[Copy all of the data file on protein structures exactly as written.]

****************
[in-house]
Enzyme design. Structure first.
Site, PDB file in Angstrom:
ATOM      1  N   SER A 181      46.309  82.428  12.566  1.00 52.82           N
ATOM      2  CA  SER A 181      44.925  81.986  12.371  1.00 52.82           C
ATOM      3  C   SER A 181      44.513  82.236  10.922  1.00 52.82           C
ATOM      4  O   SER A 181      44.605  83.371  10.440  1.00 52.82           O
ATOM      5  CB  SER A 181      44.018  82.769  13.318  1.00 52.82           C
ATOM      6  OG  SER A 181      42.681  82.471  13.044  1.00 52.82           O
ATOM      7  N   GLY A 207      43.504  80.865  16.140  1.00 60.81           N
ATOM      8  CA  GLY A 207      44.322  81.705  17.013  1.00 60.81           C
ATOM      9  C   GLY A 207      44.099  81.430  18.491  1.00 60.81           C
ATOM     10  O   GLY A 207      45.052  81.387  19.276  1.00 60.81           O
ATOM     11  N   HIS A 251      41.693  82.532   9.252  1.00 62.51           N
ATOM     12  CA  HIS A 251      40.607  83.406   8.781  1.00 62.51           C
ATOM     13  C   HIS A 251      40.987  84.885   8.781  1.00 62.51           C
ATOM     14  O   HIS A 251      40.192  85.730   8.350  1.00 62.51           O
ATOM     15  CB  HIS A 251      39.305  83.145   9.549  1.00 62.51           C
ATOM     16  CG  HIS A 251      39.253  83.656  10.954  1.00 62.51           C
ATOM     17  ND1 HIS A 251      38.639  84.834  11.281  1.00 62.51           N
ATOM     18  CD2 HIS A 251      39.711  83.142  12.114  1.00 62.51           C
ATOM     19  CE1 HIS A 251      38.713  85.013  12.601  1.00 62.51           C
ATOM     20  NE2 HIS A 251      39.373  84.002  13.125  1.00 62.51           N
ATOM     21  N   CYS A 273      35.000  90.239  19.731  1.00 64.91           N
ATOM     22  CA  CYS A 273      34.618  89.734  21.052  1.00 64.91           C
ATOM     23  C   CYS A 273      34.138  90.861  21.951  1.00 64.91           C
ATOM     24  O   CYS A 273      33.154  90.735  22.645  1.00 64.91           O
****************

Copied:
[in-house]
Enzyme design. Structure first.
Site, PDB file in Angstrom:
ATOM      1  N   SER A 181      46.309  82.428  12.566  1.00 52.82           N
ATOM      2  CA  SER A 181      44.925  81.986  12.371  1.00 52.82           C
ATOM      3  C   SER A 181      44.513  82.236  10.922  1.00 52.82           C
ATOM      4  O   SER A 181      44.605  83.371  10.440  1.00 52.82           O
ATOM      5  CB  SER A 181      44.018  82.769  13.318  1.00 52.82           C
ATOM      6  OG  SER A 181      42.681  82.471  13.044  1.00 52.82           O
ATOM      7  N   GLY A 207      43.504  80.865  16.140  1.00 60.81           N
ATOM      8  CA  GLY A 207      44.322  81.705  17.013  1.00 60.81           C
ATOM      9  C   GLY A 207      44.099  81.430  18.491  1.00 60.81           C
ATOM     10  O   GLY A 207      45.052  81.387  19.276  1.00 60.81           O
ATOM     11  N   HIS A 251      41.693  82.532   9.252  1.00 62.51           N
ATOM     12  CA  HIS A 251      40.607  83.406   8.781  1.00 62.51           C
ATOM     13  C   HIS A 251      40.987  84.885   8.781  1.00 62.51           C
ATOM     14  O   HIS A 251      40.192  85.730   8.350  1.00 62.51           O
ATOM     15  CB  HIS A 251      39.305  83.145   9.549  1.00 62.51           C
ATOM     16  CG  HIS A 251      39.253  83.656  10.954  1.00 62.51           C
ATOM     17  ND1 HIS A 251      38.639  84.834  11.281  1.00 62.51           N
ATOM     18  CD2 HIS A 251      39.711  83.142  12.114  1.00 62.51           C
ATOM     19  CE1 HIS A 251      38.713  85.013  12.601  1.00 62.51           C
ATOM     20  NE2 HIS A 251      39.373  84.002  13.125  1.00 62.51           N
ATOM     21  N   CYS A 273      35.000  90.239  19.731  1.00 64.91           N
ATOM     22  CA  CYS A 273      34.618  89.734  21.052  1.00 64.91           C
ATOM     23  C   CYS A 273      34.138  90.861  21.951  1.00 64.91           C
ATOM     24  O   CYS A 273      33.154  90.735  22.645  1.00 64.91           O